A first-of-its-kind research charity research partnership has attracted further backing in its aim to confront the UK’s high prevalence of autoimmune conditions.
Alopecia UK has joined the Connect Immune Research initiative, alongside founding members JDRF, the MS Society, Versus Arthritis, and supporting partner the British Society for Immunology.
Autoimmune conditions see the body’s immune system mistakenly attack healthy cells in the body.
An estimated four million people in the UK live with an autoimmune condition – equivalent to more than six per cent of the population.
This includes 400,000 people with type 1 diabetes, over 130,000 living with multiple sclerosis (MS), over 400,000 with rheumatoid arthritis and over 100,000 with alopecia areata – an autoimmune condition that causes hair to fall out.
The Connect Immune Research initiative brings together researchers from across these autoimmune conditions to uncover the common threads in their work – meaning greater efficiency and hopefully new treatments, faster.
As well as accelerating research into new treatments for millions of people, the approach could also dramatically reduce costs. As a result, member charities believe this innovative approach could be key to helping the medical research sector adapt to the impact of the COVID-19 crisis.
Professor Simon Milling, the Research Chair of Alopecia UK said:
“Alopecia is a common autoimmune condition. Working with a community of researchers, in close contact with patient partners and research charities, we will share knowledge and accelerate progress to developing new and effective therapies. We have common problems at a scientific level, and in operating in a COVID-19-affected world. Together we can find solutions to these problems. We are delighted to be joining Connect Immune Research”.
Rachel Connor, Director of Research Partnerships at JDRF, said:
“People living with underlying health conditions are being hit hard. They’re often harder hit directly when contracting COVID-19. They have also often been harder hit by the impact of the pandemic upon public services. That’s why the fight against infectious disease must go hand-in-hand with the fight against long-term health conditions.”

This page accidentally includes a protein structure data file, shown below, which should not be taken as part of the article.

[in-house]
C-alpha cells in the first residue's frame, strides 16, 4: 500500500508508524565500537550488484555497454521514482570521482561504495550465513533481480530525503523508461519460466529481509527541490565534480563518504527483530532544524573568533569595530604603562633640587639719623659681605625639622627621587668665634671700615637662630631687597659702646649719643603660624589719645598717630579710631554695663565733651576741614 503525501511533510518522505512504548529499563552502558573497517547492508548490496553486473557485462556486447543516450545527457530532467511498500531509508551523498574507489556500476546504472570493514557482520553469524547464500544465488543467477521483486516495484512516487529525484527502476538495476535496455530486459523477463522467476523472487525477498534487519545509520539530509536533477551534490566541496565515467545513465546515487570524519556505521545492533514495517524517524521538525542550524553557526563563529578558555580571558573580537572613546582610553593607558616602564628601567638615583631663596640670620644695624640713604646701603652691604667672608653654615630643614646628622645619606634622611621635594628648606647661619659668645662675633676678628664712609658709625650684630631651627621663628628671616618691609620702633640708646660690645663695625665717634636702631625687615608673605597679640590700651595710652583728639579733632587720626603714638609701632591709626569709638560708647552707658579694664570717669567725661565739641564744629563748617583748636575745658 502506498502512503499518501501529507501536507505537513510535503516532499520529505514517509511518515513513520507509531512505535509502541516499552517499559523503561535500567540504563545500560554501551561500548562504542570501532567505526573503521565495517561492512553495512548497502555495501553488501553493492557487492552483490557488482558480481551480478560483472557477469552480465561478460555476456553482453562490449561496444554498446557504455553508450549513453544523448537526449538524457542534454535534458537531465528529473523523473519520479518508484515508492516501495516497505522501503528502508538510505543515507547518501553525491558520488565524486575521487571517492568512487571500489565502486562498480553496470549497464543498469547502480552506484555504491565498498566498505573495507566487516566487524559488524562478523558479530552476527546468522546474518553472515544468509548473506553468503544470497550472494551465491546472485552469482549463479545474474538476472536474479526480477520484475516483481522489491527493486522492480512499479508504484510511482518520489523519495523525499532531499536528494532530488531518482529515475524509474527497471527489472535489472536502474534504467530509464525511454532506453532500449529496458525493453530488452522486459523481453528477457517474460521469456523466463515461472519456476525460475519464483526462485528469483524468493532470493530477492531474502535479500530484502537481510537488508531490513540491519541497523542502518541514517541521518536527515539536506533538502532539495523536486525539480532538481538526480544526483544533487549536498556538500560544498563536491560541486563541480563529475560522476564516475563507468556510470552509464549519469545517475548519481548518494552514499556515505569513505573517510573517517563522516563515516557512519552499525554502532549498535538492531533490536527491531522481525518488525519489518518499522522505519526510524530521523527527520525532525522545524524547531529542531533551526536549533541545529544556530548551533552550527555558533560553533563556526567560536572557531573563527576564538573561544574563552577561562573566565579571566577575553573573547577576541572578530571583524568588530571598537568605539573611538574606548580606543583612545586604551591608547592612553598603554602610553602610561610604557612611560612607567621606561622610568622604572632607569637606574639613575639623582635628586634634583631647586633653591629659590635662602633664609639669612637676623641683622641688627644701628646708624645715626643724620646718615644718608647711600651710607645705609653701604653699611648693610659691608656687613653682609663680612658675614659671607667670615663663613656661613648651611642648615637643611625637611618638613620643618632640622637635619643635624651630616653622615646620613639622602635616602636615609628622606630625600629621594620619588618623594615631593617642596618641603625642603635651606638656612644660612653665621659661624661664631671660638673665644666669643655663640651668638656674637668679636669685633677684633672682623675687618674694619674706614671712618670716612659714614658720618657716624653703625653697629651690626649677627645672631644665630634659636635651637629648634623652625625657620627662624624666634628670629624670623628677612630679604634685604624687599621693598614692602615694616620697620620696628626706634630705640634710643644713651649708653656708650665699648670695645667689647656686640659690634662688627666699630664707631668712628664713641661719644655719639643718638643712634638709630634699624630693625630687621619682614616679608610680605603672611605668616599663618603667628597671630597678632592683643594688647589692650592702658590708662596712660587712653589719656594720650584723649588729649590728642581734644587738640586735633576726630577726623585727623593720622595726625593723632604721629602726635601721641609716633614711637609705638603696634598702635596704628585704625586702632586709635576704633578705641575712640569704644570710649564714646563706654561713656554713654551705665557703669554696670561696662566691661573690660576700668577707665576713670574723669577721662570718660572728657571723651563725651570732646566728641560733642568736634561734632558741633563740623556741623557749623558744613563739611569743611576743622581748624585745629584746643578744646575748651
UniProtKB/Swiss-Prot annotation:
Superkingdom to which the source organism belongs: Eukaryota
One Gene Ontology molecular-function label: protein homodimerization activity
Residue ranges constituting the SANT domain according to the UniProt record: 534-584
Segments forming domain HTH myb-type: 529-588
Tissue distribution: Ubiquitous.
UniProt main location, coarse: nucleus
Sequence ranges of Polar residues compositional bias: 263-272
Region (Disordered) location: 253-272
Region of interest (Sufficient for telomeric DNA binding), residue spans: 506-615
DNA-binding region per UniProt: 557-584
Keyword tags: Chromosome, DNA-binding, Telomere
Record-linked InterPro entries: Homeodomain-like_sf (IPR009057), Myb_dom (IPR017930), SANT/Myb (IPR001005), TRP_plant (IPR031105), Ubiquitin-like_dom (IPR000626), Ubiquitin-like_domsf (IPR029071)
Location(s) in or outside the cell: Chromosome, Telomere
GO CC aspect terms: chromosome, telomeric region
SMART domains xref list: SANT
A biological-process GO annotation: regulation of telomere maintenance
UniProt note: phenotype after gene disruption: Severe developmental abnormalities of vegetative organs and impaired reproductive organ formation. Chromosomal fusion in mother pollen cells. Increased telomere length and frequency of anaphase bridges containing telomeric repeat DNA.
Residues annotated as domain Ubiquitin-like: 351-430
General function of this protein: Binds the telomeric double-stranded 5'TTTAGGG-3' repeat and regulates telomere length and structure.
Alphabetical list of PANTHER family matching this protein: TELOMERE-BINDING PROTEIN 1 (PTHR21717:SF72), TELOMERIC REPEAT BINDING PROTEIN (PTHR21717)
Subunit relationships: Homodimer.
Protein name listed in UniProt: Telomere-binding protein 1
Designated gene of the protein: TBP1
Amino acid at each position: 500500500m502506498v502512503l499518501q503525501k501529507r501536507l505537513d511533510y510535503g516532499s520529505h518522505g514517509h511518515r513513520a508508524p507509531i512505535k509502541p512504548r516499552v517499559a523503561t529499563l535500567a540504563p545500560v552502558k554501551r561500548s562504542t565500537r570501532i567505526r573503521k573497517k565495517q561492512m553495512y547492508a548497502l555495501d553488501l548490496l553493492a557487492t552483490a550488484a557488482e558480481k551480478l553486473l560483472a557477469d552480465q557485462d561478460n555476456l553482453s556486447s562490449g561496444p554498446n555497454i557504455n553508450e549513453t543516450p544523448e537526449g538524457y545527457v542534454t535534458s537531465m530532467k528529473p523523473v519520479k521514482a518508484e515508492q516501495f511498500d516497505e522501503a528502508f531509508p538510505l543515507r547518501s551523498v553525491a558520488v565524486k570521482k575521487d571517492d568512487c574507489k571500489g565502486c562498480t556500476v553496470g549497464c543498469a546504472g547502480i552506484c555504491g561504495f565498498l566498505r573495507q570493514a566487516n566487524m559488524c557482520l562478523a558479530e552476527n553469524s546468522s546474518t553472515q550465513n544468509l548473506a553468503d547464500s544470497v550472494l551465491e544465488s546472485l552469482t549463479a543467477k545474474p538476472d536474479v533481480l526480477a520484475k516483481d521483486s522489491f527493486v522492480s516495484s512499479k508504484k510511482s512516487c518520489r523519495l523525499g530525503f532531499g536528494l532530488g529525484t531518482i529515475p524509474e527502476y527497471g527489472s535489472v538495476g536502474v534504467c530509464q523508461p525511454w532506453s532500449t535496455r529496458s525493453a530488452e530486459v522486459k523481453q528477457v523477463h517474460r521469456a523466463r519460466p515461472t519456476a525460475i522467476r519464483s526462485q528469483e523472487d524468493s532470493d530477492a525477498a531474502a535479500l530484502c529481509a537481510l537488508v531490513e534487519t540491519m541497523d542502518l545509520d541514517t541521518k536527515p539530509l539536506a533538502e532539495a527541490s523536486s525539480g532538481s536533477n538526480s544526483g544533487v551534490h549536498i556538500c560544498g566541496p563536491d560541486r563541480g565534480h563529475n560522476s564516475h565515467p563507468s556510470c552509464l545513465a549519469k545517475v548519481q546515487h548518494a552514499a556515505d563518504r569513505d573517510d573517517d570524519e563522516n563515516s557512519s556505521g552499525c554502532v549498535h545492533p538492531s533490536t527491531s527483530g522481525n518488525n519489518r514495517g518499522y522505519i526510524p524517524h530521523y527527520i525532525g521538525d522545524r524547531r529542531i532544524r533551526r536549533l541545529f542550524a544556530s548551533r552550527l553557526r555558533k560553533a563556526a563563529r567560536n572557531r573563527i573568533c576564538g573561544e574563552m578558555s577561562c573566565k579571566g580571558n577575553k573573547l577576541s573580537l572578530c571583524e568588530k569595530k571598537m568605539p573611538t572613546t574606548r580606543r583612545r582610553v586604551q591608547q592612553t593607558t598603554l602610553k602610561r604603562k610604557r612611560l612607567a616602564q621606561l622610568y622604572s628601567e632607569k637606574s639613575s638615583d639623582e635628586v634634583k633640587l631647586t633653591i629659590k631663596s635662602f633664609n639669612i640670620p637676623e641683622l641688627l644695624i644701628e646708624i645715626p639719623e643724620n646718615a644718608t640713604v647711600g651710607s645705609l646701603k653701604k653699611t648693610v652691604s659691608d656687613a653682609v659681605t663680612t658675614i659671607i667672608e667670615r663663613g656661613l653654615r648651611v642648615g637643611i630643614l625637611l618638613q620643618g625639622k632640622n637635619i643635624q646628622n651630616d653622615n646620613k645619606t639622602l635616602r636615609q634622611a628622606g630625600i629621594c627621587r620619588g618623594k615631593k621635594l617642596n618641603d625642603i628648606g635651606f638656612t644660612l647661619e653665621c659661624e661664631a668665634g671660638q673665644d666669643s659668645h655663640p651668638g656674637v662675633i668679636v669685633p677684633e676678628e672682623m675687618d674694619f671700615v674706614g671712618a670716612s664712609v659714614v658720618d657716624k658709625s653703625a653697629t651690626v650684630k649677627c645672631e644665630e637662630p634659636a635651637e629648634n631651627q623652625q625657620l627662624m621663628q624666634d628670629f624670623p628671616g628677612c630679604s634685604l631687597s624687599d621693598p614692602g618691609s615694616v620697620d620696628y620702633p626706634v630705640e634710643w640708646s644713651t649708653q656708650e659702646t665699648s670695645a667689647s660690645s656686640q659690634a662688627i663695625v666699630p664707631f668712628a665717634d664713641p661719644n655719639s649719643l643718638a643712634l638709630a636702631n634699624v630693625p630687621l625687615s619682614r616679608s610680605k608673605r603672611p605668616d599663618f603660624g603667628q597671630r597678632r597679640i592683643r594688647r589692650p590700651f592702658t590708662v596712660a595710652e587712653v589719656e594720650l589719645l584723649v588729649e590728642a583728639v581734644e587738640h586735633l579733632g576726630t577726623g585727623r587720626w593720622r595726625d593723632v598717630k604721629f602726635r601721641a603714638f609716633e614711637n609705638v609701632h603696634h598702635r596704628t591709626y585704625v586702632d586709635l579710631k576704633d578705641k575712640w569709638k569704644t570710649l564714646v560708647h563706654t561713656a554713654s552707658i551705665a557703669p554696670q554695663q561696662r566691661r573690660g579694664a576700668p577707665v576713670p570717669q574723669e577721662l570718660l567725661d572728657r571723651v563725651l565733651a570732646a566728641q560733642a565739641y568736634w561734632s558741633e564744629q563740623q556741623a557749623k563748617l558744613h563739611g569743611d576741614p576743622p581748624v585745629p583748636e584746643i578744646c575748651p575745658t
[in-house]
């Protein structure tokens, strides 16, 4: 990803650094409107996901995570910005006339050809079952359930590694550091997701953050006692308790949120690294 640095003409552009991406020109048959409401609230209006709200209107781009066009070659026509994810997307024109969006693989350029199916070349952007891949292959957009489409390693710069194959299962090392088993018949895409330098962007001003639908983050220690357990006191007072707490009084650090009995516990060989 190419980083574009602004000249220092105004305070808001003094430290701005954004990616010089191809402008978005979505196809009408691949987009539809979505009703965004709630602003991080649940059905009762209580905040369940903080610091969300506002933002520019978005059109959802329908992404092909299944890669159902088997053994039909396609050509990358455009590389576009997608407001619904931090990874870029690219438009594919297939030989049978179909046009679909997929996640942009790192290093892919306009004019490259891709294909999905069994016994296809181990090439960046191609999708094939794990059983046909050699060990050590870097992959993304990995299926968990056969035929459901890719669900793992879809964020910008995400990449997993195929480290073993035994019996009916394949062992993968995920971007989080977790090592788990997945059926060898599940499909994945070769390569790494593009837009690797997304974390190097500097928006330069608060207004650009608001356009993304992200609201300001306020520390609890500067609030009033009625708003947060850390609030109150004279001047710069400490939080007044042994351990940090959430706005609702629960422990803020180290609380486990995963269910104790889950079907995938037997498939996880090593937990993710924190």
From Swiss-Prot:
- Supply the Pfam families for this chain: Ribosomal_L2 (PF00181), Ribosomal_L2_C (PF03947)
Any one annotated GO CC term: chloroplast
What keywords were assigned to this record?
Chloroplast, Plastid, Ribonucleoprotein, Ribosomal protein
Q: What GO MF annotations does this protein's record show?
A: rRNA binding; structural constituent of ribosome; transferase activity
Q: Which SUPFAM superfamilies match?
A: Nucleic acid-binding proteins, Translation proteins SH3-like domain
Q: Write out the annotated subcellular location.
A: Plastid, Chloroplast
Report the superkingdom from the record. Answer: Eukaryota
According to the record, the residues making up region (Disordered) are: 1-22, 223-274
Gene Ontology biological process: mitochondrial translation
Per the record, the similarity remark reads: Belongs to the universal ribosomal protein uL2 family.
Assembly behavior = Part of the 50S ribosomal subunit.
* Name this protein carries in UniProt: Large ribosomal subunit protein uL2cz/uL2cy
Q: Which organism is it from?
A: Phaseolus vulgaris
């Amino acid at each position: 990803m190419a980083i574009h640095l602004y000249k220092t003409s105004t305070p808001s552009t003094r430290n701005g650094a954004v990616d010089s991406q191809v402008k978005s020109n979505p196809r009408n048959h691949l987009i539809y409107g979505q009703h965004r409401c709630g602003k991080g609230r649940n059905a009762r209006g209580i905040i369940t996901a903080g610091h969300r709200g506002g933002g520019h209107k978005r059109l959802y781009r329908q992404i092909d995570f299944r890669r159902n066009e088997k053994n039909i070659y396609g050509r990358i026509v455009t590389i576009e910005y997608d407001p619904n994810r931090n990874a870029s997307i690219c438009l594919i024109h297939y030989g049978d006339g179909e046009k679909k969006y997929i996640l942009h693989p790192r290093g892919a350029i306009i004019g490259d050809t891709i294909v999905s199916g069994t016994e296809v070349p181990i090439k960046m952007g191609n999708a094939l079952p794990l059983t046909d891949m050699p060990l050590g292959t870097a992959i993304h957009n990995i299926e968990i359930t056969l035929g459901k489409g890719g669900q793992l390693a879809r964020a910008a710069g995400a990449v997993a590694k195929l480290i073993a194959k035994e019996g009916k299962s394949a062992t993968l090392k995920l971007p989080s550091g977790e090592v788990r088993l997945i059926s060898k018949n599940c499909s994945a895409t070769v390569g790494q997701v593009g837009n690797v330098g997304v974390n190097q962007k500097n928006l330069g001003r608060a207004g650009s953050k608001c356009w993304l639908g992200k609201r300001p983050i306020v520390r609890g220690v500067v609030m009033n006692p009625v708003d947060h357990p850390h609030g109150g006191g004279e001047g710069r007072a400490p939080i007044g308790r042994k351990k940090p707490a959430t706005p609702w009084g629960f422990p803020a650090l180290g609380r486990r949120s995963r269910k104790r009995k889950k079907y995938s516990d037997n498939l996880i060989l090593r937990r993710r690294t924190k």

Dr David Coutts, Senior Research Manager at the MS Society, said:
“We want autoimmunity to be recognised as a distinct area of research science, alongside the likes of cancer, infectious disease and dementia. By autoimmune charities working together in this way, we hope to speed up and bolster research so we can find a way of preventing these conditions. It’s fantastic that Alopecia UK have joined us in this initiative.”
Dr Craig Bullock, Research Discovery and Innovations Lead at Versus Arthritis, said:
“We’ve seen the impact that immunology research has had in the progress towards the COVID vaccines that are now becoming available. These achievements have been cemented through global collaboration with the research community, which is exactly the kind of partnership that Connect Immune Research is all about. With the addition of new members such as Alopecia UK, and the sharing of learning and resources, we will come much closer to the research breakthroughs that will be transformational for people with autoimmune conditions.”
Dr Doug Brown, Chief Executive of the British Society for Immunology, said:
“Immunology is a vital branch of medical science in which the UK leads the world with new discoveries. Connect Immune Research exploits this UK strength by bringing together the leading talents in immunology to study different autoimmune diseases together. This is an innovative approach to immunology research and will, with even more support, lead to us transforming the lives of people living with autoimmune conditions.”